What's in those flow.data. files? They may be created because you fork and exec the same process?

>that flow.data file resulted in aCC errors complaining that flow.data was locked.

If the application is finished, you can remove the .lock files.

>I am only trying to optimize the heavily traveled execution paths in my shared library, so I don't care if I don't have profiling information from EVERY executable

Ok, that should work.
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Occasional Advisor
Alan Lehotsky
Posts: 6
Registered: ‎09-16-2008
Message 5 of 11 (151 Views)

Re: Using profile-guided optimization with shared libraries and multiple executables

Using A.06.15.

We definitely fork our executables. This is a parallel processing application. The flow.data. files are large (600kb+), and the flow.data..lock files are all of the form

hp8

where is a process id of a process that's gone. There's also a flow.data.log file; it's full of complaints about ffw not being able to write to the flow.data file because it's locked.

Should I delete the temp files, append them to the flow.data file or what?
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Dennis Handly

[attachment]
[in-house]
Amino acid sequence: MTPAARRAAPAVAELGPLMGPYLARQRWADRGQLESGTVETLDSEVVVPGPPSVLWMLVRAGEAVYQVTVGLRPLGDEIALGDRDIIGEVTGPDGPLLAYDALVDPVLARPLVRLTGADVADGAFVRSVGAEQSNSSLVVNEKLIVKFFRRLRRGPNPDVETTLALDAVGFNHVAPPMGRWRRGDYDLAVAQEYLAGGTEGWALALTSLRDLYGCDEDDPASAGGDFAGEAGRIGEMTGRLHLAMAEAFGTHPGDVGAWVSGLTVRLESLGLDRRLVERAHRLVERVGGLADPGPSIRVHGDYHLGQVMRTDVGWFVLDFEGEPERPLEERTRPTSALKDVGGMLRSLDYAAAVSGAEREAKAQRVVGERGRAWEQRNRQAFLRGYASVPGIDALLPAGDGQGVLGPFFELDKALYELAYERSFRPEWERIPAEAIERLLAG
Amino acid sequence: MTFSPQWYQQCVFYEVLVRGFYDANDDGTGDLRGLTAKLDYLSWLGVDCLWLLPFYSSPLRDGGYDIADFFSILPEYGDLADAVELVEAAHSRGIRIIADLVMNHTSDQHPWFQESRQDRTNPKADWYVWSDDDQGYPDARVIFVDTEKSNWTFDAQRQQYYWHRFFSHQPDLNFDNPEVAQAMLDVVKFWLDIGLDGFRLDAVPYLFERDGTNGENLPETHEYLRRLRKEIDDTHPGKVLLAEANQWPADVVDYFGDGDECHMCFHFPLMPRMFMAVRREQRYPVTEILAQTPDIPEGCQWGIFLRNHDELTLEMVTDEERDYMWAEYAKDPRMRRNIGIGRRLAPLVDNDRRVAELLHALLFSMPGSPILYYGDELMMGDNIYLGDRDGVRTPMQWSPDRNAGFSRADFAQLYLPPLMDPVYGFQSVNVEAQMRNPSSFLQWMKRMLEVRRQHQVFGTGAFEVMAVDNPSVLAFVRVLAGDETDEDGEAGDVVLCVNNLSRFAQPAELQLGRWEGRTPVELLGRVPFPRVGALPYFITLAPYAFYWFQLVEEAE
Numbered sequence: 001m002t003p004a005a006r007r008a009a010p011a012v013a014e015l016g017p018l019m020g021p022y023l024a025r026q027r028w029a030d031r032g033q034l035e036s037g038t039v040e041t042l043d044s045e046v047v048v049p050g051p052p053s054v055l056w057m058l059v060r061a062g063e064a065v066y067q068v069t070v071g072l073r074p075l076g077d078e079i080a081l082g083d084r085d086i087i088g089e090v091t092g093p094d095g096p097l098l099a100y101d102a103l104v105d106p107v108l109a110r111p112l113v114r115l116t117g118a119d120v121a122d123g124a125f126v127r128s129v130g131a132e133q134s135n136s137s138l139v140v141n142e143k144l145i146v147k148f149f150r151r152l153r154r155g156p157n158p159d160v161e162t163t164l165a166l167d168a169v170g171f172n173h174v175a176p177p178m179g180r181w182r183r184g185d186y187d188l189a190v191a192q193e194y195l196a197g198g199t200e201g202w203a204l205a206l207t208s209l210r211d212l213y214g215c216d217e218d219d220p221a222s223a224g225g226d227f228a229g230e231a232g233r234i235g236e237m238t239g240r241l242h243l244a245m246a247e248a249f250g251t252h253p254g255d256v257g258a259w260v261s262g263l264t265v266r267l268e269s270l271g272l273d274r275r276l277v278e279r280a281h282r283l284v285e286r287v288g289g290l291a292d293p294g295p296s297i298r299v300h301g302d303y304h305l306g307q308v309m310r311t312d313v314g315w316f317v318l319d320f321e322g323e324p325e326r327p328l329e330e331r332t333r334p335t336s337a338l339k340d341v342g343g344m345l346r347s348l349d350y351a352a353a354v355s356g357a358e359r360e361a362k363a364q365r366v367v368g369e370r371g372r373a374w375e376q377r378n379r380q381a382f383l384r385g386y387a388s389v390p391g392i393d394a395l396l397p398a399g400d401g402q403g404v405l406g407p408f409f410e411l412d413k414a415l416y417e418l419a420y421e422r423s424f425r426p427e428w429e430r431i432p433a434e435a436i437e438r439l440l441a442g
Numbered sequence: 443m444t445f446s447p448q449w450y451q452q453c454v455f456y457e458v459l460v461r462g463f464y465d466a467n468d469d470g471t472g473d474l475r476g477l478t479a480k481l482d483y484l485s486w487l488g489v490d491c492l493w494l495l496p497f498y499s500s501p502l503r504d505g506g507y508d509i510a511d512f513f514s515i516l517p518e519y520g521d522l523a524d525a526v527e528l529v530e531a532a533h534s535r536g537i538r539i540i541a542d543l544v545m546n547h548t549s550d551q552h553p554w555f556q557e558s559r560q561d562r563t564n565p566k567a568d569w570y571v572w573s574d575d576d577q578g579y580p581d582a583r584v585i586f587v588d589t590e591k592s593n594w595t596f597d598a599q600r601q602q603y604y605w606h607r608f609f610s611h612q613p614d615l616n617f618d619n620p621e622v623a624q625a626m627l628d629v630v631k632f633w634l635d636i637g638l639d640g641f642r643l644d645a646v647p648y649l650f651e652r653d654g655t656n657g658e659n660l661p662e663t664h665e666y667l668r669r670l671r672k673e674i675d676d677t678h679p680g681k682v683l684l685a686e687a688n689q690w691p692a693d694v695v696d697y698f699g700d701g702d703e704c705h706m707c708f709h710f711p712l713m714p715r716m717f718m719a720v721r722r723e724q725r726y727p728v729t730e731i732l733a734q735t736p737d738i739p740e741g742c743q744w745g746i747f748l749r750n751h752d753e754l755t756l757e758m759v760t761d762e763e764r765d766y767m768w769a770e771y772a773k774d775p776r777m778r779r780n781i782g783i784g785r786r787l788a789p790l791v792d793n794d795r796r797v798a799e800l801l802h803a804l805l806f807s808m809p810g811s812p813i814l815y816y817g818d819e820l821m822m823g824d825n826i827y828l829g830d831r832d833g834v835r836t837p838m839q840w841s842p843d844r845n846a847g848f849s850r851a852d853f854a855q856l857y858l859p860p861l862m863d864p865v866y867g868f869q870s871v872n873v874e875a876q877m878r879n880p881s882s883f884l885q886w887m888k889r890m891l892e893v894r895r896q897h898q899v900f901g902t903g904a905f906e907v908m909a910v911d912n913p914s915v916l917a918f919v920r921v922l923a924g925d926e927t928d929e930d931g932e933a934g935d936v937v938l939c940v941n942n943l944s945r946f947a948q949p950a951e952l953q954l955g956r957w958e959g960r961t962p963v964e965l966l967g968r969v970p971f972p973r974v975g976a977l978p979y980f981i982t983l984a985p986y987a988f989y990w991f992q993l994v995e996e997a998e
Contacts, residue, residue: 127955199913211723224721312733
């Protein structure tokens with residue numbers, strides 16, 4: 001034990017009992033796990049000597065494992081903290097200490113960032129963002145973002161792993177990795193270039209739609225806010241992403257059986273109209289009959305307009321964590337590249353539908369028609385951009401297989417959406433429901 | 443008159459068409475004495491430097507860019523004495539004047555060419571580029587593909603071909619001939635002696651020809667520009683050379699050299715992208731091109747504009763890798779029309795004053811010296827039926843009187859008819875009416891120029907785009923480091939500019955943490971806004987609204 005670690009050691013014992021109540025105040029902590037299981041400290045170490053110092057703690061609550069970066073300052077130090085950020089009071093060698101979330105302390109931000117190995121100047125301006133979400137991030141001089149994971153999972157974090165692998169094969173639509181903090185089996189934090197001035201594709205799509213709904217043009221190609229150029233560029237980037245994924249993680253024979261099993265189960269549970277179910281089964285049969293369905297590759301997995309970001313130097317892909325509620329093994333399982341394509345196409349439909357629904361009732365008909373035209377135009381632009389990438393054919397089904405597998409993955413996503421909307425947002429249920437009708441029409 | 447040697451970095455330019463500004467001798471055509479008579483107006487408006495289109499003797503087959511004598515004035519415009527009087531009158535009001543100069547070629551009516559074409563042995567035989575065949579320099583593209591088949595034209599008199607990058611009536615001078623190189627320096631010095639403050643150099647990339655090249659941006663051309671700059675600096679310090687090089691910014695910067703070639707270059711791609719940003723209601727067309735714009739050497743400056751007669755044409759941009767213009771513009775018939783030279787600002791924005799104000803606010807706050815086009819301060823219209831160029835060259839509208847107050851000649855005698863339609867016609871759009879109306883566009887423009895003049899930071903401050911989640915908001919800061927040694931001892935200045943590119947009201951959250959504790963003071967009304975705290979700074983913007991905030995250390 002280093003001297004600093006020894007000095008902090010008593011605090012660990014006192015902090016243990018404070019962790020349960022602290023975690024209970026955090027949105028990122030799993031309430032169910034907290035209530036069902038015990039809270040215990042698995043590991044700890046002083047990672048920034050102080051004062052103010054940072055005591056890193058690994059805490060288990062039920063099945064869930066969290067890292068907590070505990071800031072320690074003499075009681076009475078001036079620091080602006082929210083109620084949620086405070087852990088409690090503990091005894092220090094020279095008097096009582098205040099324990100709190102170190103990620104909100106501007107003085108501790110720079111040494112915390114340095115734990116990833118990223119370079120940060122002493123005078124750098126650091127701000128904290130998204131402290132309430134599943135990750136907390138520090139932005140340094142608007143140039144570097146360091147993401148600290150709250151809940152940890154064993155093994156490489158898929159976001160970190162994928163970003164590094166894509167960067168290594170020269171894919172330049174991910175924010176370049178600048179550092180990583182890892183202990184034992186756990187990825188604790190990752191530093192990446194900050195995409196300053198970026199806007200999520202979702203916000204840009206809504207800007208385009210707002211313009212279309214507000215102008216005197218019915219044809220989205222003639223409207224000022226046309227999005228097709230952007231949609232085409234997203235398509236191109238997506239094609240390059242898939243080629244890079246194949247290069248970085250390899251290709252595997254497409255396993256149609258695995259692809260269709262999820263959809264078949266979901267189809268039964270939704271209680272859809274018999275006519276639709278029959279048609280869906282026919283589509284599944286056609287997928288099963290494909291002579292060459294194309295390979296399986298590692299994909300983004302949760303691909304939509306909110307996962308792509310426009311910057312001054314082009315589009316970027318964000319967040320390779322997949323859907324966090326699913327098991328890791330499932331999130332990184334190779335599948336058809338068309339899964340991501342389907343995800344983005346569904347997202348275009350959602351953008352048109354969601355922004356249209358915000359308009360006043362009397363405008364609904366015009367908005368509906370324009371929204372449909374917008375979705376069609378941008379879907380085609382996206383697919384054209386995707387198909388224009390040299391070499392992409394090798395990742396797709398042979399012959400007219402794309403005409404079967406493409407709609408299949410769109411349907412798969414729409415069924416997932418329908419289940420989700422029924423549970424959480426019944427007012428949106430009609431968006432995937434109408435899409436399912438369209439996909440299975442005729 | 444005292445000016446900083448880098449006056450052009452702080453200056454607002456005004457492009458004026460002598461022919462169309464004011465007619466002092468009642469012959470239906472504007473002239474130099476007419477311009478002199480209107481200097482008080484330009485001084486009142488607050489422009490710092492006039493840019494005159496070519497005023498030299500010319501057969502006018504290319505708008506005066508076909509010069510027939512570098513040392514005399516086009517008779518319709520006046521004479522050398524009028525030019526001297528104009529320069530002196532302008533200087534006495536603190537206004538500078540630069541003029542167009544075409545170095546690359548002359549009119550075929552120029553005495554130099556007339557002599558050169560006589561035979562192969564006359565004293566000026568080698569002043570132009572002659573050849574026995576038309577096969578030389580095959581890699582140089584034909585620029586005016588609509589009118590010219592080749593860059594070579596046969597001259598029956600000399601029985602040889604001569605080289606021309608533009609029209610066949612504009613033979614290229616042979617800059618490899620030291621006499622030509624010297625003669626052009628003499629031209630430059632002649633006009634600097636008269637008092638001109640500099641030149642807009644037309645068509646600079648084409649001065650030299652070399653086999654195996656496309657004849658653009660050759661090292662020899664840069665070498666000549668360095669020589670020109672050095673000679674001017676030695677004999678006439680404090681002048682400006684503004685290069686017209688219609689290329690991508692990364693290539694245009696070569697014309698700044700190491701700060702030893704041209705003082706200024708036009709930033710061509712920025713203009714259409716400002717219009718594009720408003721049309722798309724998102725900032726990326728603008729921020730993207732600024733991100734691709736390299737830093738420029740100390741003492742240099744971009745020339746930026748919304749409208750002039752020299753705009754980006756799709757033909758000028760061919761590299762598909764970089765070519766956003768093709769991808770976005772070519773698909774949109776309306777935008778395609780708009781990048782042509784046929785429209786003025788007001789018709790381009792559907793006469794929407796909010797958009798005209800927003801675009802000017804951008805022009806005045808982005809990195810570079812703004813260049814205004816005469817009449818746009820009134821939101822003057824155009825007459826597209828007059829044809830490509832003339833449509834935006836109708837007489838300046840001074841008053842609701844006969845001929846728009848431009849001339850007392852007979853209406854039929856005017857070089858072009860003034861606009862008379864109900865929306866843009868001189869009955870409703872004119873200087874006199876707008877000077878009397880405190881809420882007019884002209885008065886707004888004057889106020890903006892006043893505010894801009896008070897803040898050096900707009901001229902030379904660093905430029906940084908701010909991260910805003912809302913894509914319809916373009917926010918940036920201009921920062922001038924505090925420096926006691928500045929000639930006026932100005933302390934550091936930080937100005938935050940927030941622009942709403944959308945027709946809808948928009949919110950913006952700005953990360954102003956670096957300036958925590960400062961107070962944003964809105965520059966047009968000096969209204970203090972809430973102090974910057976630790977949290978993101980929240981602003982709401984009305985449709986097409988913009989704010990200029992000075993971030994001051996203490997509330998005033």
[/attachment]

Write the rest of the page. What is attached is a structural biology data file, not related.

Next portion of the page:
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Registered: ‎03-06-2006
Message 6 of 11 (151 Views)

Re: Using profile-guided optimization with shared libraries and multiple executables

>The flow.data. files are large (600kb+)

Then these probably have useful data in them.

>the flow.data..lock files are all of the form

I think you can remove these.

>There's also a flow.data.log file; it's full of complaints about ffw not being able to write to the flow.data file because it's locked.

Oh boy. Perhaps the log will tell you which are valid? And for which executable.

>Should I delete the temp files, append them to the flow.data file or what?

You probably need to merge them with the flow.data file, see fdm(1).
You probably want to create a new combined file:
fdm -o flow.data_BIG flow.data flow.data. ...

And use flow.data_BIG when recompiling:
+Oprofile=use:flow.data_BIG
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Nathaniel McIntosh
Posts: 1
Registered: ‎09-16-2008
Message 7 of 11 (151 Views)

Re: Using profile-guided optimization with shared libraries and multiple executables

Collecting flow.data files for multiprocess/multithreaded applications with shared libraries is tricky, no question about it. Here are some suggestions on how you might be able to manage the process more effectively.